Some people are lucky; they know the career they want to pursue from day one. For others, it’s not that easy. Maybe a few professions appeal to you and you aren’t sure which one to pick, or perhaps you have no ideas at all. For some, the career we’re in isn’t working any more, but we’re unsure about our next step. Making a decision about the career path you want to follow is especially important in today’s competitive environment, where many companies require you to work for free for weeks, months, and even years before offering that elusive job. Here are some key questions you can ask yourself to help choose the career path that’s right for you.
1. What do I love to learn about? ‘Ask yourself what it is you enjoy reading about, what gets you excited,’ says John Lees, careers expert and author of How To Get A Job You'll Love (McGraw-Hill). Once you’ve figured that out, you should be able to define some broad topics, such as caring, media or the mind, that you can match to sectors of work. Then, choosing a maximum of five, research those ideas – there are so many jobs out there that you might not even be aware of. ‘Look at the big themes,’ says Lees. ‘For example, if you can’t get a job in the film industry, ask yourself what it is about film that really interests you? Visuals, design, story telling, media, communication? Then look at opportunities in these areas.’ You will have more energy and enthusiasm pursuing something you’re passionate about, which makes researching and dealing with the knock-backs easier.
2. What do I want from my job? Is it prestige, money or working with a great team that drives you? Maybe it’s having the chance to be creative or to help others. ‘People who make the senior positions aged 40 are those who started in interesting roles early on,’ says Lees. ‘If that’s what drives you, applying for a junior role or a graduation scheme in a large company is a good place to start.’ But making that top position isn’t what drives everyone. ‘At the start of your career you should be more relaxed about accepting imperfect jobs,’ says Lees. ‘Few first jobs are going to be your dream position, it's an experimental period. Just make sure you are learning and adding to your CV.’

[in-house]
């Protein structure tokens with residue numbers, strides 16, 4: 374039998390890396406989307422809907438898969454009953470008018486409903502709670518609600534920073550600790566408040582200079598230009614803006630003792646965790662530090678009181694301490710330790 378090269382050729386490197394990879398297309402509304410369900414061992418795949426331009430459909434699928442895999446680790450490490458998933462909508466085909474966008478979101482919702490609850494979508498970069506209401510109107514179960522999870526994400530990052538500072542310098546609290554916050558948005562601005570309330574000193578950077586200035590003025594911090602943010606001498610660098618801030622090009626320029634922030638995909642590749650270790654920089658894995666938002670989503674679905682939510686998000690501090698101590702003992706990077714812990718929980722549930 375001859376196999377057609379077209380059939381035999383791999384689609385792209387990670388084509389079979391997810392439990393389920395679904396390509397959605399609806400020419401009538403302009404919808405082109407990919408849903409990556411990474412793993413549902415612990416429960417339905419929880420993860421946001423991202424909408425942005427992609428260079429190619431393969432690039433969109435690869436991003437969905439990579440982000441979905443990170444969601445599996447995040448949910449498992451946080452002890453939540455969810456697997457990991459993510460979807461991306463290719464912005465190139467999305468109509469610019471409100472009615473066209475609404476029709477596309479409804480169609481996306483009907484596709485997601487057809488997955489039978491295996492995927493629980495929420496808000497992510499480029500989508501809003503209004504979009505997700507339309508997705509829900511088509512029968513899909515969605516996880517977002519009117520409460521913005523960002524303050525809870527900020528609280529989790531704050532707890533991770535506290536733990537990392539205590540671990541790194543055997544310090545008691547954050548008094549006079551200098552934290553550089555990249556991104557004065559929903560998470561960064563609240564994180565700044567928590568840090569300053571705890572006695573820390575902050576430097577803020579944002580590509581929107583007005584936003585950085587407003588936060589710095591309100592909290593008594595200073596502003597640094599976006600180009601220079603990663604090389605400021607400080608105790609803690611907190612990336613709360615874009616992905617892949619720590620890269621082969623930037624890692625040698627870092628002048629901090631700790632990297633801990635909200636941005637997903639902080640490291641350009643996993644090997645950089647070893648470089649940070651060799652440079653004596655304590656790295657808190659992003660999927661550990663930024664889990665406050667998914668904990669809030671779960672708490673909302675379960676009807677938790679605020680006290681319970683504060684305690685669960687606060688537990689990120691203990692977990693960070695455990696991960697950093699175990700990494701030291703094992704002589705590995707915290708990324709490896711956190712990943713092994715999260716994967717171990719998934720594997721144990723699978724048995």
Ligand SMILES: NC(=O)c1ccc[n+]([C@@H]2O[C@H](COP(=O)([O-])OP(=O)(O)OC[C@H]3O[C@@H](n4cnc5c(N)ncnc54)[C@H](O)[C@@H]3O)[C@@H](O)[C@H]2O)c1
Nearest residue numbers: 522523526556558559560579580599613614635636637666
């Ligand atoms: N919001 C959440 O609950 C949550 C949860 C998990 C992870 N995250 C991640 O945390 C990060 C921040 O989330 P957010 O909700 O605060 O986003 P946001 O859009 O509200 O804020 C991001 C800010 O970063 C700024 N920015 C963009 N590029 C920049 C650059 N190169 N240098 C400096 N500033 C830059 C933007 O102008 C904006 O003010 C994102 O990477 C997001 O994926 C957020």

3. Which of my friends’ and family’s jobs do I find interesting? Perhaps it’s your cousin’s architecture company or your uncle’s career in banking that you’ve always been intrigued by. Maybe your friend spent time working in recruitment or your grandfather volunteers at an environmental charity. Think of the friends and family that you tend to discuss careers with. ‘Make a list of the jobs that friends and family are doing and name ones you find interesting,’ says Lees.
4. Who would give me an objective opinion? We often turn to our parents for advice at the start of our career, but that might not be the best idea. ‘Parents don't make good career advisors because they know too much about you,’ says Lees. ‘You need to talk to someone who will give you a cold read, who will ask you what exactly it is you’ve done to this point and what you’ve got to say for yourself. You need someone who will give you a proper reality check.’ Go back to people who have seen you in a working environment. If you can’t talk to past colleagues, someone you studied with could also help. Ask them what you were good at. Knowing this helps you to work out which skills you might be able to use in the future.
5. What kind of lifestyle do I want? Many people think they want a highly creative job, but later realise that the low pay a lot of these jobs offer doesn’t support the lifestyle they had in mind. Others find that the most important thing is to have a fulfilling job and that having a large home and grand holidays isn’t their priority. Perhaps you think that you want to work for the most prestigious company in the business, when in reality working for a smaller company that pays more attention to your needs and is less demanding allows you to spend the time you need with your friends and family. ‘It is important to think about lifestyle,’ says Lees. ‘But remember this shouldn’t be the emphasis at the start of your career.’ Once you’ve asked yourselves these questions, don’t expect that a job will just land in your lap. ‘The most important thing to do is think about how you can put these ideas into action,’ says Lees. ‘Talking to someone who works in that industry is a good place to start.’
Read Five Top Tips for getting Ahead at Work on LifeLabs